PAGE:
Wednesday, March 10, 2010

How to be a Beautiful Woman- in 1930's France

Some of our buys this week were some old ladies health 
and beauty magazines Votre Beaute (Your Beauty).
There are fashion and health articles as well as fabulous adverts (most unsuitable for this web-page). There are also numerous tidbits of advice. Advice on how to stretch in the morning, what types of shoes are bad for your feet, how to climb a tree, what beauty supplies you should have in your "arsenal", how to pluck your eyebrows, which hairstyles are better for day than night, how to exercise on the beach....

I picked out a few important tips to share with you. 

 1.  The shape of your lip can be changed. 
  In fact, if your lips look more like a famous person's lips you  may be more attractive. This article includes a handy appendix of famous actresses lips- Joan Crawford, Greta Garbo, Marlene Dietrich and the likes.  Personally, I have never been a fan of painting lips on your face where they are none- but I guess if you want the full pout of Madge Evans you might just do this. I do find this solution much more appealing than the lip-injecting that some of today's stars choose.

   I decided to give it a go and make my lips like Joan Crawford in her heyday.  How did I do? 

2. Tall socks on the beach are not stylish. 

I quite like this fashion spread on beach clothes from an article titled "Today we Have Learned to Undress on the Sand".  It contrasts the fashion on the early 1900's with the fashion of "today" (at the time of publication).
The one on the right has this caption "And here is a poor bather, who in 1913, for the first time had the extravagance to wear a skin-tight swimsuit without giving up on either black or her socks"  I actually find this black bathing suit to be practical, I am sure this girl can play sports and swim with no troubles.  I would actually like to own this swimsuit.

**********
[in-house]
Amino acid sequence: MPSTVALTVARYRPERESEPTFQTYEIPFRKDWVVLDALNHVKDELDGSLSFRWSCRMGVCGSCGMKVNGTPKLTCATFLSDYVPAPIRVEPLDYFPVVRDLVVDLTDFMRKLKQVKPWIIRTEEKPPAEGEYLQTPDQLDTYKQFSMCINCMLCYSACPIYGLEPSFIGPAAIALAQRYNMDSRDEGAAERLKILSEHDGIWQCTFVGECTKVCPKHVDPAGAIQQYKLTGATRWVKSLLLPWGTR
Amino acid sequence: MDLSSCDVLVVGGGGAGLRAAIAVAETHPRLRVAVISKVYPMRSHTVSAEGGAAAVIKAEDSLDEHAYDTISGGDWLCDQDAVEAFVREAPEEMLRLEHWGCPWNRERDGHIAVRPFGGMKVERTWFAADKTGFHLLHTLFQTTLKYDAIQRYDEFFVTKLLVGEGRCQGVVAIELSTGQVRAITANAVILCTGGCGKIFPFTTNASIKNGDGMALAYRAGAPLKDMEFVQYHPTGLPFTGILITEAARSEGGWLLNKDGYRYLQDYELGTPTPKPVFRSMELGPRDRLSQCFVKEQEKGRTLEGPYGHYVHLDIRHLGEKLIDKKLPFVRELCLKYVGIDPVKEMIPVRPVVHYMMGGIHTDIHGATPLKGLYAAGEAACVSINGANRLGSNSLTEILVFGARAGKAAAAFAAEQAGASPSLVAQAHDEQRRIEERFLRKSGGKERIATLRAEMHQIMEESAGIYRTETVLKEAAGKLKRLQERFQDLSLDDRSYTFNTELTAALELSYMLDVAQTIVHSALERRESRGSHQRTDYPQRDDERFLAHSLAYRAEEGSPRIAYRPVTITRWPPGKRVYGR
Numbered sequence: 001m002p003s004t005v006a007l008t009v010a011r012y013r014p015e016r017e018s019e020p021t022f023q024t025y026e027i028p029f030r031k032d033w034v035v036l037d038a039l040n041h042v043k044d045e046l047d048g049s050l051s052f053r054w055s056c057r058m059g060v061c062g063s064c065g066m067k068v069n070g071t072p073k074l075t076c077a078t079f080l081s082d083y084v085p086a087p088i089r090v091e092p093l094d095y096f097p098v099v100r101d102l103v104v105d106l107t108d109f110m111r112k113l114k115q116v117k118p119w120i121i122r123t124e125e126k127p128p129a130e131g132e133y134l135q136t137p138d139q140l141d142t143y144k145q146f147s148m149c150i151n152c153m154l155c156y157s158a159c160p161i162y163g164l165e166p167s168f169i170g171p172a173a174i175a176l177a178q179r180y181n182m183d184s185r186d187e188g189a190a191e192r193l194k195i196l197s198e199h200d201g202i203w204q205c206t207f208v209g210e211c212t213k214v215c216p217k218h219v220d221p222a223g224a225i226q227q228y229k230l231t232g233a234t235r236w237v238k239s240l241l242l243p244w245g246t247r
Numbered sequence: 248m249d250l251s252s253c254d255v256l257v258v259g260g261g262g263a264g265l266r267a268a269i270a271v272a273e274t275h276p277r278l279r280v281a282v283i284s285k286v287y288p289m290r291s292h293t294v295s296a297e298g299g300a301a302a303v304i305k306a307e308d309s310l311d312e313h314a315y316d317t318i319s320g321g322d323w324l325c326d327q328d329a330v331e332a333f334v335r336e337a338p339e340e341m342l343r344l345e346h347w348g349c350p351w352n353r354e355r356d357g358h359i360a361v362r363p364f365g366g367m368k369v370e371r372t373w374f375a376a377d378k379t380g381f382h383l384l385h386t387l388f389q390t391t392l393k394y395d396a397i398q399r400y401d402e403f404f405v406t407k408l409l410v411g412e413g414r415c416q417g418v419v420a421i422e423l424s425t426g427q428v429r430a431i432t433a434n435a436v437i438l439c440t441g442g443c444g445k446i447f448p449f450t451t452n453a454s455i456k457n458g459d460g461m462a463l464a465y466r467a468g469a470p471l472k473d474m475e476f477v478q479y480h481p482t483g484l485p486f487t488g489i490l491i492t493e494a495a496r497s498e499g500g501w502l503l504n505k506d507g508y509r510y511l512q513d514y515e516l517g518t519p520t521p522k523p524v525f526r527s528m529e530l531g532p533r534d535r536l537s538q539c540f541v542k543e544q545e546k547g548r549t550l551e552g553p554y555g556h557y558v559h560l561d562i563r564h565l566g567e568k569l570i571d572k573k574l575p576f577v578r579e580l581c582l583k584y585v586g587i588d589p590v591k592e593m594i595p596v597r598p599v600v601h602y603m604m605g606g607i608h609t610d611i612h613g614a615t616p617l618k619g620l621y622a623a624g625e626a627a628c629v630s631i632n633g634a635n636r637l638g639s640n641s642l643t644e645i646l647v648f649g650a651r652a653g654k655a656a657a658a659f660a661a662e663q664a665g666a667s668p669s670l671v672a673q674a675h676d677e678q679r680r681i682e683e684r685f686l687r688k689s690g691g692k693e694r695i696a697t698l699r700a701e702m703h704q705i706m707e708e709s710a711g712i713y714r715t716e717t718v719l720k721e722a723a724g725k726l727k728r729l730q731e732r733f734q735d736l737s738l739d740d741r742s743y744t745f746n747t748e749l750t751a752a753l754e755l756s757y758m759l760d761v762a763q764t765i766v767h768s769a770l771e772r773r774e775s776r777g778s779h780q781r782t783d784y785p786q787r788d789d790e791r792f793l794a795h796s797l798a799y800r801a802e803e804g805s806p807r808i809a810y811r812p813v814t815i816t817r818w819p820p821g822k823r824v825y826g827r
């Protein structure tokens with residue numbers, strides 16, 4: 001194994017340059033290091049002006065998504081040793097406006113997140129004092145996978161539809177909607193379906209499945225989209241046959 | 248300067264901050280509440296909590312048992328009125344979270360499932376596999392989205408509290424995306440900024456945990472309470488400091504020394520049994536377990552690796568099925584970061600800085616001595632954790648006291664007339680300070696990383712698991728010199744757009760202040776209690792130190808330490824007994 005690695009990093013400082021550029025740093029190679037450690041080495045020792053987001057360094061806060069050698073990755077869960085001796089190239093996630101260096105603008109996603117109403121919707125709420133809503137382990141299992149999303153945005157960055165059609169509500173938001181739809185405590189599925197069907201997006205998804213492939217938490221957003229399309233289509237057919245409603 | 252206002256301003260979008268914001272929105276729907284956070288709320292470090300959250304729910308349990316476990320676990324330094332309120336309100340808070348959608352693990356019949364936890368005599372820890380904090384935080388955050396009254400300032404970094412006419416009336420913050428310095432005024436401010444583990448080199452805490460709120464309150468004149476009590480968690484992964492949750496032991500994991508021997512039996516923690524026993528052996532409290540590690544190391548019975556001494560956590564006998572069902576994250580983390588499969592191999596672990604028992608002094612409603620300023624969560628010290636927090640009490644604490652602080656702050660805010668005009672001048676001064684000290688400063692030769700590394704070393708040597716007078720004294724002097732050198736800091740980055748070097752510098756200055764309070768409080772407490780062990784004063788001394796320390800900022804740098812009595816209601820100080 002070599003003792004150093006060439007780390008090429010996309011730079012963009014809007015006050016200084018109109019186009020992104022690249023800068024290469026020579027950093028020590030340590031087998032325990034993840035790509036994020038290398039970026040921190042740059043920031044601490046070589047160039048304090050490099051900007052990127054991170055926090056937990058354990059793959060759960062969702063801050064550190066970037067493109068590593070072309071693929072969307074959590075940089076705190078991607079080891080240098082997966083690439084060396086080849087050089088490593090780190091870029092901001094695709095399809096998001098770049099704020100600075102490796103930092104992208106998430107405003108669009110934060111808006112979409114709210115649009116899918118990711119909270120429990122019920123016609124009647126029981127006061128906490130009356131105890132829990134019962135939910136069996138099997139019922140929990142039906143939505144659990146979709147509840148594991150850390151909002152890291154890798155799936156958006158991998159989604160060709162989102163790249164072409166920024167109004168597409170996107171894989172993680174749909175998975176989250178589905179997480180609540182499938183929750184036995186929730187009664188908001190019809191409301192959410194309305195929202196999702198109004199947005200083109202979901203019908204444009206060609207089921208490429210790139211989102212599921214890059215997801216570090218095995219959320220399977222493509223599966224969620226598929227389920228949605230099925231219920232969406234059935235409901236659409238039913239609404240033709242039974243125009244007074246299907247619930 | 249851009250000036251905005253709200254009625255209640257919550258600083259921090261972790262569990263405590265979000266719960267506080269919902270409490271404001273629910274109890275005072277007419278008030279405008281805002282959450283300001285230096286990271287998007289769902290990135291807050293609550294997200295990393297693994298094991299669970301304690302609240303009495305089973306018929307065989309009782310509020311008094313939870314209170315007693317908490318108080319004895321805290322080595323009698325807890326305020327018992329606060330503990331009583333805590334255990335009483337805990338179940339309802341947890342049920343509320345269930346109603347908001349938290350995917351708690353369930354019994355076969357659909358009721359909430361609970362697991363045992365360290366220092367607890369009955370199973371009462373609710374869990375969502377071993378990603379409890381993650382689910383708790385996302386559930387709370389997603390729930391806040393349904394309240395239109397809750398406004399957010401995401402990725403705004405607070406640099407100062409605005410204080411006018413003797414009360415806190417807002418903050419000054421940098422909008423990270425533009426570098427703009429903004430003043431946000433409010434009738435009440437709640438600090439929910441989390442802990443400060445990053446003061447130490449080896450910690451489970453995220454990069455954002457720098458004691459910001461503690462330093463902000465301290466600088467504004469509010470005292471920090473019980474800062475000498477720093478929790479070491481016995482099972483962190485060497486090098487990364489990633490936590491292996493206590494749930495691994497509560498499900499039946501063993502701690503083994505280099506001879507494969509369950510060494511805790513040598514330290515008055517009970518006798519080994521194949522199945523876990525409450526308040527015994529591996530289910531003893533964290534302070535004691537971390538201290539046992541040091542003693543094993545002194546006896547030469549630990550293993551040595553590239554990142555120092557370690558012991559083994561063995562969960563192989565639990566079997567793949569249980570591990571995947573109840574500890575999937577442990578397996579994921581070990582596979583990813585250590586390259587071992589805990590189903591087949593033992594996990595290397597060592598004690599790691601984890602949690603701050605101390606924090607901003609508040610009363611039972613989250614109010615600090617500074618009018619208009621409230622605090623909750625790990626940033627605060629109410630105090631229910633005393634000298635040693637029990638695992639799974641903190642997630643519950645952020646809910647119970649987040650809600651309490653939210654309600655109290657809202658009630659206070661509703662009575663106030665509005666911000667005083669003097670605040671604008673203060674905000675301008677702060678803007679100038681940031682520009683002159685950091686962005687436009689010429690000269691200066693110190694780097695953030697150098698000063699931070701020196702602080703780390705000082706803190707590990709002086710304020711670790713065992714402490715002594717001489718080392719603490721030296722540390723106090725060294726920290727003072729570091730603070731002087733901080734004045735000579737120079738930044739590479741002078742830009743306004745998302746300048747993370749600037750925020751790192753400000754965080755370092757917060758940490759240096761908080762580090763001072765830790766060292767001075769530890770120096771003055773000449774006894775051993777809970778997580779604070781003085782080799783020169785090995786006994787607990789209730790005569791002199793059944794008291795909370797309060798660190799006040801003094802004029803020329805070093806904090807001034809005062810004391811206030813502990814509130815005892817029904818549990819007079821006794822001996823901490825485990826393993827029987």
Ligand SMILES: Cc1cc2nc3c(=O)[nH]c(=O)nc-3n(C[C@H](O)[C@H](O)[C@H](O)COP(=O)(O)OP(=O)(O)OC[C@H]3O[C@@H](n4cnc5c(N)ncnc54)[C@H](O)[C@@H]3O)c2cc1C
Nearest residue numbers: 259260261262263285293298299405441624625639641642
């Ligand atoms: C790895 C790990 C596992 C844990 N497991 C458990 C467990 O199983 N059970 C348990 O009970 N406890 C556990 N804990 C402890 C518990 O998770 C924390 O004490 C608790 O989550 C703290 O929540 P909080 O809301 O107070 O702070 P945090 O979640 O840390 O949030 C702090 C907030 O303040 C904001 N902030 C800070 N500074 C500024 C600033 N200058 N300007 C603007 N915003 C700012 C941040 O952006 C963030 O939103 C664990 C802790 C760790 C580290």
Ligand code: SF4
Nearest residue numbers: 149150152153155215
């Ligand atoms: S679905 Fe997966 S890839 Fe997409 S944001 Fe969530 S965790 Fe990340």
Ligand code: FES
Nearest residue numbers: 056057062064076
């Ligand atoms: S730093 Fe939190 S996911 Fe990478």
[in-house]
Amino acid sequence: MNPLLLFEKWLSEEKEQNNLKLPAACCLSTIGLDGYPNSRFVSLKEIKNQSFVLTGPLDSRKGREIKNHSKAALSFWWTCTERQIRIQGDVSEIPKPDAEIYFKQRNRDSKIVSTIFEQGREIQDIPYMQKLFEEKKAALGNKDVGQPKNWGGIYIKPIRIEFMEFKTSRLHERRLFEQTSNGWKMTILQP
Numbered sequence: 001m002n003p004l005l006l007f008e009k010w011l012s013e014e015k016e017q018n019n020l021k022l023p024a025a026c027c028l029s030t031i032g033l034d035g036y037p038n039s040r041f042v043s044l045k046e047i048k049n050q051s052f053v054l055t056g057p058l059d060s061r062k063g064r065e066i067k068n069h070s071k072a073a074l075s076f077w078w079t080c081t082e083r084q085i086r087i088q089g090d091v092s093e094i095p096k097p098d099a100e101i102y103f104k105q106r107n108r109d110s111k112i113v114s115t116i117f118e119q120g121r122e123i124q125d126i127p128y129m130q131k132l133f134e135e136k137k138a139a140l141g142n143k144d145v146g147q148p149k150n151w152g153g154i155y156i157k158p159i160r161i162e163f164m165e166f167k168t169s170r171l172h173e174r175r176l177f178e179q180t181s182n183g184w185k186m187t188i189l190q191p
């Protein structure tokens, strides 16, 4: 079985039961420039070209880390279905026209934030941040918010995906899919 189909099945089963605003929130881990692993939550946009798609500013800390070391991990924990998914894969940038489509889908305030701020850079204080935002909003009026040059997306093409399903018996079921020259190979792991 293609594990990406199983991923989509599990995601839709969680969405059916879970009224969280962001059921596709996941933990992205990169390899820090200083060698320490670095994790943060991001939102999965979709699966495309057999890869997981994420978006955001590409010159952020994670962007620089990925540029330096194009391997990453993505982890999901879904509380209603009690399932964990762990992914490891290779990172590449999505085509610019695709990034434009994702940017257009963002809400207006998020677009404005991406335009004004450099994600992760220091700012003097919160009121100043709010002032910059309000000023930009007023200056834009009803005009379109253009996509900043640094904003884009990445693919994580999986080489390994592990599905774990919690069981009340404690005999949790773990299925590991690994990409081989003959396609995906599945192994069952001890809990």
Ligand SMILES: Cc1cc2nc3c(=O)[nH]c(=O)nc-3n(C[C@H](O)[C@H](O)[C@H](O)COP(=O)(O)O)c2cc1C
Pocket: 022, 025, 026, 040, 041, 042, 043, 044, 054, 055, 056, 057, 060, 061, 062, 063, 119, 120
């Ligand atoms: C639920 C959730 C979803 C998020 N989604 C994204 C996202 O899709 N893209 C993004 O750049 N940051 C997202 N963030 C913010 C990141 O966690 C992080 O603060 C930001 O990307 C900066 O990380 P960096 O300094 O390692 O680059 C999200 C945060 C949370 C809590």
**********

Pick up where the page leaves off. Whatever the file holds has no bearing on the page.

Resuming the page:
The polka-dotted one on the left is a sunbathing ensemble...reversible cape included.  I guess women of the 1930's were liberated by wearing color to the beach, and no socks!

3. A black dress is still the way to go.
  This black satin evening gown is gorgeous.  The description says "The cut of this skirt makes for a graceful and youthful fullness".  From what I saw on clips from the Oscars, some of today's ladies should take note.  This stunning lady could actually walk upstairs unattended.  

4. Walking is great exercise.  Chris: this one is for you!

Matthieu getting his "walk" on with a copy of a 
1933 magazine with the Headline: 
Le premier des Sports: La Marche.  
This translates to The First Sport: Walking.

This entire issue is devoted to walking paths, how to walk, things you can do to push that walk into even more of a workout, and even how to correct your walk so it won't hurt your hips, back, and feet.

6. They detoxed in the 30's as well.
 Highlights from the article:
"To be beautiful
Detox youself"

-Do not eat too much
   -Breathe deeply
  - It is important to sweat- 
(A teaspoon of sweat is toxic enough to kill a human!) 
  -If you have trouble perspiring you should have a warm drink
 and have an 'electric light bath' (?)

   -Twice a month you should have a whole day diet or drink juice of 10 or 12 oranges or 5 or 6 grapefruits  
or one liter of milk or one liter of Vittel water.  
Do it on a Sunday so you won't feel feeble at work.  

-Go to the countryside and breathe fresh air, canoe, hunt or simply walk the other three Sundays of the month. 

It seems that lady mags have been giving the same realm of advice for years! 


  1. If walking was the first sport, then breathing must have been the first hobby. That kind of train of thought is why French people back in the 1930's were lucky to live past the age of 27. A stat I've made up, but is probably right on target.
    Also, I think socks on the beach can look quite fetching.

  2. JOAN CRAWFORD IN HER HEYDAY! I love the lips! You are spectacular and I am laughing really hard right now.